I’m speeding through it, so the impact won’t be the same for your class as it is as you are reading this perfunctory blog post, but you get the idea. Of course, you can also spend time examining the differences or perceived discrepancies in the written record, and you’ll likely be pleased with the interesting comments class members make when interacting firsthand with documents they likely have never before read. For me, above all, I was happy to emphasize this very personal element of Joseph’s encounter with God, an element most of us should find terribly and personally meaningful.

Here’s a copy of the document I used, including links to the pertinent Joseph Smith Papers sources and some additional recommendations.


  1. Larry Morris says:

    Thanks, Blair. I’m a big fan of the 1832 account–it’s the first record of the first vision and the only one that includes Joseph’s handwriting. I wish we would emphasize it a lot more in church settings.

  2. Chris G says:

    FYI, that schedule is pretty well laid out in the CHI2: (

    Not saying I think it’s a wonderful schedule, but thus it is.

  3. This is great Blair!

    I can’t quite make out who that painting is by but its pretty fabulous!

  4. Hunter says:

    Did anyone push back on the lesson?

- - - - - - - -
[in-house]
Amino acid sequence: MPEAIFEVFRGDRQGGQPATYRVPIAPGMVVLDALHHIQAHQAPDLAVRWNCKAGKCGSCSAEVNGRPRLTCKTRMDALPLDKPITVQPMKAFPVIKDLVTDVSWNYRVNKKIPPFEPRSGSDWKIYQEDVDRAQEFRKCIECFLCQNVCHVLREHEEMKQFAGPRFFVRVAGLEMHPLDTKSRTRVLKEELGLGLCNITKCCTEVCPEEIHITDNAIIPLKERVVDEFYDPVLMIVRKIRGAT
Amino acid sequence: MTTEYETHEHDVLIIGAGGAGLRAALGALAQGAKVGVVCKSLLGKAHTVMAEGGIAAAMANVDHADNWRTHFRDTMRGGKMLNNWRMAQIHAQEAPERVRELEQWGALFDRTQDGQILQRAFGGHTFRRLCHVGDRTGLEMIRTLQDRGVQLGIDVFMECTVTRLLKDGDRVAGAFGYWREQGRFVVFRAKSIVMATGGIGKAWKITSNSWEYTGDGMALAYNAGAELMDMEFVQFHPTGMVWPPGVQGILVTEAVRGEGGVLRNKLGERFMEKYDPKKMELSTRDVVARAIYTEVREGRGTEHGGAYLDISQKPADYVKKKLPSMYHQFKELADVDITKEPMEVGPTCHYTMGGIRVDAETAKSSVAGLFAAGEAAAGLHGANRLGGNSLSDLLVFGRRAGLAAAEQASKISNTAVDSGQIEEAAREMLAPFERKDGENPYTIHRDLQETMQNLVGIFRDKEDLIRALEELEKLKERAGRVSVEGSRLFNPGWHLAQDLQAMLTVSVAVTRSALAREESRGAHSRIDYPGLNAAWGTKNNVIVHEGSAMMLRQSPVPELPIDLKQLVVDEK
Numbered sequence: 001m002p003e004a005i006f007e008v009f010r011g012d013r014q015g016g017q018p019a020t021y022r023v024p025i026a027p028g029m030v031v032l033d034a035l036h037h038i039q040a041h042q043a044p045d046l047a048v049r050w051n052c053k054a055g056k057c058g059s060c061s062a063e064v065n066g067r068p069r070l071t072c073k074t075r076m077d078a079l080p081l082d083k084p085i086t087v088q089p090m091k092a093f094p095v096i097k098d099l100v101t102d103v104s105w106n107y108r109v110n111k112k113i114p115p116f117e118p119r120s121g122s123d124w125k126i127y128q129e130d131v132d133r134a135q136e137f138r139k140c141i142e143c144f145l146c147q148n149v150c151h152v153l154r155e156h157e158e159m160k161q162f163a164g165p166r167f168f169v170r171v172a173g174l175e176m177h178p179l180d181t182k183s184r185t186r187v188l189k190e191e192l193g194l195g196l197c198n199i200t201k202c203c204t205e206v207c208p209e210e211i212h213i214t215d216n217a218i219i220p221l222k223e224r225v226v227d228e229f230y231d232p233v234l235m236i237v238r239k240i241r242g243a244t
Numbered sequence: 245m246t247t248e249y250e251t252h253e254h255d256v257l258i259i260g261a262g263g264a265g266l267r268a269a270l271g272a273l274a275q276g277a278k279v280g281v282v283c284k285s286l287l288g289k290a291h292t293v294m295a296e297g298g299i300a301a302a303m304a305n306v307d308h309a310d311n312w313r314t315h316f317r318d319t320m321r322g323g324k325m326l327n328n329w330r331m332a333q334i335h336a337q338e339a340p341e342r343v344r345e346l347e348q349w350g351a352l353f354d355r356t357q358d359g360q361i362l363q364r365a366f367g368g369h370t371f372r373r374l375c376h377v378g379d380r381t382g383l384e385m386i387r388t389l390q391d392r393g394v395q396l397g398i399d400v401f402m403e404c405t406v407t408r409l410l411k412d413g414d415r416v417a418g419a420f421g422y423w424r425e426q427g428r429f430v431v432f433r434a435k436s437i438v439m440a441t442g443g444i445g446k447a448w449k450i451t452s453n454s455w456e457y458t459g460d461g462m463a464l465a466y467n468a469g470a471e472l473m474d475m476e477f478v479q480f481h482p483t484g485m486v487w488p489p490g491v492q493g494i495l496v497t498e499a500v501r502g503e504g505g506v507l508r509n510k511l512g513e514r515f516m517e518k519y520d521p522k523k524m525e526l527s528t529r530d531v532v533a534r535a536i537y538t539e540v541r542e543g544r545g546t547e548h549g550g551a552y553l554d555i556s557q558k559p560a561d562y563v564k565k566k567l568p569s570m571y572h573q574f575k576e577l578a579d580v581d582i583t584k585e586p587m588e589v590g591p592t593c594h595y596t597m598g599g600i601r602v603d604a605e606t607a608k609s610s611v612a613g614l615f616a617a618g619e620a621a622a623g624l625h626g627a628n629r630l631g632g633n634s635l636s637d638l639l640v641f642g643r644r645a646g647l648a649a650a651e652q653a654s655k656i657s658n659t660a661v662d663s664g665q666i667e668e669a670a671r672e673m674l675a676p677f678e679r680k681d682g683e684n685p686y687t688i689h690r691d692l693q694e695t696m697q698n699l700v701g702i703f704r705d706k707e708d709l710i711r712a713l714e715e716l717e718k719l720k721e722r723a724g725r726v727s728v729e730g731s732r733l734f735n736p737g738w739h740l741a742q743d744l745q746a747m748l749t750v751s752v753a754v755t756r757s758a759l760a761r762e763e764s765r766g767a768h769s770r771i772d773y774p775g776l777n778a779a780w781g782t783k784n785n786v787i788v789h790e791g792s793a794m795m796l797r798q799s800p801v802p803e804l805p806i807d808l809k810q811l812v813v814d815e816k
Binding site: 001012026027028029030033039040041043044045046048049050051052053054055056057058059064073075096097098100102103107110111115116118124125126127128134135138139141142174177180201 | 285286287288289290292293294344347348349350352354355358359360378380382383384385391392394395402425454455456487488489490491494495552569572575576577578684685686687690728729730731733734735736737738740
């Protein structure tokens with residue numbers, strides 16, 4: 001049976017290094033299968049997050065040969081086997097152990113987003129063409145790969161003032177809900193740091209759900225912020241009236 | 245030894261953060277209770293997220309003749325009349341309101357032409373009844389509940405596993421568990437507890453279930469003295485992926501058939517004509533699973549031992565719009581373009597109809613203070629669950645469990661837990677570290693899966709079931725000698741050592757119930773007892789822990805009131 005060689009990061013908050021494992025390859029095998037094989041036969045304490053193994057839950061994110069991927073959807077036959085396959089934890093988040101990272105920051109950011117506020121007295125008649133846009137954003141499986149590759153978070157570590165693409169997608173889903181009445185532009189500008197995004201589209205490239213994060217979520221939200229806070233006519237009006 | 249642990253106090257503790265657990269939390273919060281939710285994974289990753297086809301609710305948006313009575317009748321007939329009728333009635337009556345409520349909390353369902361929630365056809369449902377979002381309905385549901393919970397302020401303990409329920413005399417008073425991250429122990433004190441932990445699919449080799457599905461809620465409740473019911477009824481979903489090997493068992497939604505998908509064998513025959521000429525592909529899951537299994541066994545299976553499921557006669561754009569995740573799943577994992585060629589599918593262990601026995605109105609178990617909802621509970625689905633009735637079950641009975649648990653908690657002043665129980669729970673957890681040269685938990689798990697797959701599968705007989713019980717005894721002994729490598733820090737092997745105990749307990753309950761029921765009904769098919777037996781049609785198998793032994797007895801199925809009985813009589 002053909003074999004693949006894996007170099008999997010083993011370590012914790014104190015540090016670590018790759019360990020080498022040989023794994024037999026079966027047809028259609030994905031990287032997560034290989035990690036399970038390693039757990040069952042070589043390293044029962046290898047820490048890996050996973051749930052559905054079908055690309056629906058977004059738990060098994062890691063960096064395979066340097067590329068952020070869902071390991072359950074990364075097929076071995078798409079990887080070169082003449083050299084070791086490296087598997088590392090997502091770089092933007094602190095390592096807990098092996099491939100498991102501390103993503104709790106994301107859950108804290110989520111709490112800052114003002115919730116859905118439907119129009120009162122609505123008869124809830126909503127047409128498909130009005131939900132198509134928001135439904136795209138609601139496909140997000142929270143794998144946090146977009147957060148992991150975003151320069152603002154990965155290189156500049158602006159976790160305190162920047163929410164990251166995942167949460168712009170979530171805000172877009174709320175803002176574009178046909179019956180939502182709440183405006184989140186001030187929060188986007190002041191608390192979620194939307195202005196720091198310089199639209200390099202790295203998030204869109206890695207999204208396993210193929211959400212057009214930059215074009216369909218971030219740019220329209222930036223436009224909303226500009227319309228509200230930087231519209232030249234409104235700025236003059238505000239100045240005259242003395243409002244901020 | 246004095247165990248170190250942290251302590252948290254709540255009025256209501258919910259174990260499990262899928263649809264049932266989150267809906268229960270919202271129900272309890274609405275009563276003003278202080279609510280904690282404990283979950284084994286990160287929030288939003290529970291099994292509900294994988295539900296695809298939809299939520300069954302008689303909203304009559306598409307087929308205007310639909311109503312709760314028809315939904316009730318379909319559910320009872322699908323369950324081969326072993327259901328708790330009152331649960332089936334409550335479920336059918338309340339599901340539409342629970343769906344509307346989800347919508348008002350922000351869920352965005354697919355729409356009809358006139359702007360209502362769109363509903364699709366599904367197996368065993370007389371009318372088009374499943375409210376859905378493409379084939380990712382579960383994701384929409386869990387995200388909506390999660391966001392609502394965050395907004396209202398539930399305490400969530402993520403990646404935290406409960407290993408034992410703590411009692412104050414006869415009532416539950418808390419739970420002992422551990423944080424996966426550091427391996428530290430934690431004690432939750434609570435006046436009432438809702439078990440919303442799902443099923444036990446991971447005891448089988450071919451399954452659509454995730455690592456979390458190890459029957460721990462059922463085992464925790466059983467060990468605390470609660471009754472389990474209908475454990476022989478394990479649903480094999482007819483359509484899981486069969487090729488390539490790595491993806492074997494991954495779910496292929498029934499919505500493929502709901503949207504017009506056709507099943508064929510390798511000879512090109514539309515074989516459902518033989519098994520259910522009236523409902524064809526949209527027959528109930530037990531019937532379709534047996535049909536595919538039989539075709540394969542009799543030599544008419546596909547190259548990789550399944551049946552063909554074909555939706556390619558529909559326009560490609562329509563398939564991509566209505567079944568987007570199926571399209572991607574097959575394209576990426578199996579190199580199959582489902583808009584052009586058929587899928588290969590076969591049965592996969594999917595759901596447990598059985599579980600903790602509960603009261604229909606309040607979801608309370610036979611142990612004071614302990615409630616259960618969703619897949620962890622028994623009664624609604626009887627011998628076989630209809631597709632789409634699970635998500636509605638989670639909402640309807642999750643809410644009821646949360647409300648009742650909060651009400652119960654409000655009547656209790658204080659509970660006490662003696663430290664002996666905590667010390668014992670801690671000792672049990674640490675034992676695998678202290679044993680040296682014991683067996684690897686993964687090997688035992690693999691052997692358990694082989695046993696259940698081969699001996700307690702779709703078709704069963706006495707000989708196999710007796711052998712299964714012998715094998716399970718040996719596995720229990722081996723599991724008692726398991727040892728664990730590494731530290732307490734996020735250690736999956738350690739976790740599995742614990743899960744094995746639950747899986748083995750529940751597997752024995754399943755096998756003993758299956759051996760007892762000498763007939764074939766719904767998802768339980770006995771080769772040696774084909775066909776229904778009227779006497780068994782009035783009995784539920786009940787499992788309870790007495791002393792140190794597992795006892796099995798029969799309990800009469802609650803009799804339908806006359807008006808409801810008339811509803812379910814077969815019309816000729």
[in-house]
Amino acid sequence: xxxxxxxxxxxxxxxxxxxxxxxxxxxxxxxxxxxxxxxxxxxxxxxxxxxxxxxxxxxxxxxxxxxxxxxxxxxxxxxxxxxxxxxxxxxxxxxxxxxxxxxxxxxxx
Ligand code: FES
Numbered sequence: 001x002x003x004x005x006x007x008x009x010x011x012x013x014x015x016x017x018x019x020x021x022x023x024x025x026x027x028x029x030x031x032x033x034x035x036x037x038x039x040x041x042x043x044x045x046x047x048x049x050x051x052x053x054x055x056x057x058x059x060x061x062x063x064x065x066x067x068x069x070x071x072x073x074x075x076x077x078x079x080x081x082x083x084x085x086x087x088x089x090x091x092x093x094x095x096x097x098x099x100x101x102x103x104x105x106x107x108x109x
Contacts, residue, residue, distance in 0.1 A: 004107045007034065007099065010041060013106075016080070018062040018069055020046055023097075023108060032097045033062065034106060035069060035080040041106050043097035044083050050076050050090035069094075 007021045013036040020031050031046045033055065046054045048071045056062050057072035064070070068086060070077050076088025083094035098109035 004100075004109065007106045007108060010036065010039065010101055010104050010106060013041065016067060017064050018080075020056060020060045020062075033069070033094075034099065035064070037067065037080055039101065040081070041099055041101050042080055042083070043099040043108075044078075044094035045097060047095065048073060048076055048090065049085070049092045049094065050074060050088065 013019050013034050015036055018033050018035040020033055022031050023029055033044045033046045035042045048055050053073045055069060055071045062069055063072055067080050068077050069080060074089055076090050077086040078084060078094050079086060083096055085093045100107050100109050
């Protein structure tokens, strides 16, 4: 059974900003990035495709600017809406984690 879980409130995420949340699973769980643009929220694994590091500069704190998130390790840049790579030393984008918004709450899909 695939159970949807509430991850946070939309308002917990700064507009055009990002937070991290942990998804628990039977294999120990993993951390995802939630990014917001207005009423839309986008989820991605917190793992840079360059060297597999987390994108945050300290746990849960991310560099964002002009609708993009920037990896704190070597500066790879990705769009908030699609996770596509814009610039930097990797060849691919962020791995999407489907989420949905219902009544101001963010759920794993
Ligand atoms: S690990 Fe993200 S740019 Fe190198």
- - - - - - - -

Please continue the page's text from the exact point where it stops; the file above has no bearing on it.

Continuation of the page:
5. Ah, just figured out you linked to the artist page. Sweeeeeeeeeeeet!

  6. Thanks, Blair. Good stuff. I’m interested in your response to Hunter’s question.

    From my experience, I’ve only ever received push back during Sunday School – never in Elder’s Quorum. It’s interesting to me because EQ seems to be more of a dialogue or back and forth sharing ideas and principles while SS seems to be a history class where “x is fact, and x means x”, meaning anything presented or offered that doesn’t fit a traditional narrative people and people get all squirmy in their seats. Also, I think the having High Priests (whom are the most steeped in the traditional narrative) in the mix increases the likelihood of push back.

  7. Hunter: “Did anyone push back on the lesson?”

    Not in the slightest. My ward included a lot of really great people. Most of the quorum was reserved, not outspoken, but from all I could tell they all really enjoyed the lesson. There was definitely a good spirit in the room. Our ward’s two missionaries were there, too. I actually had one of the elders recite the canonized version for us in order to transition the lesson from initial discussion about our own memories to the First Vision itself.

    Riley: it very well may have been different in a Gospel Doctrine class, yes, but I’m not sure. It’s all about framing and approach, IMO.

  8. Villate says: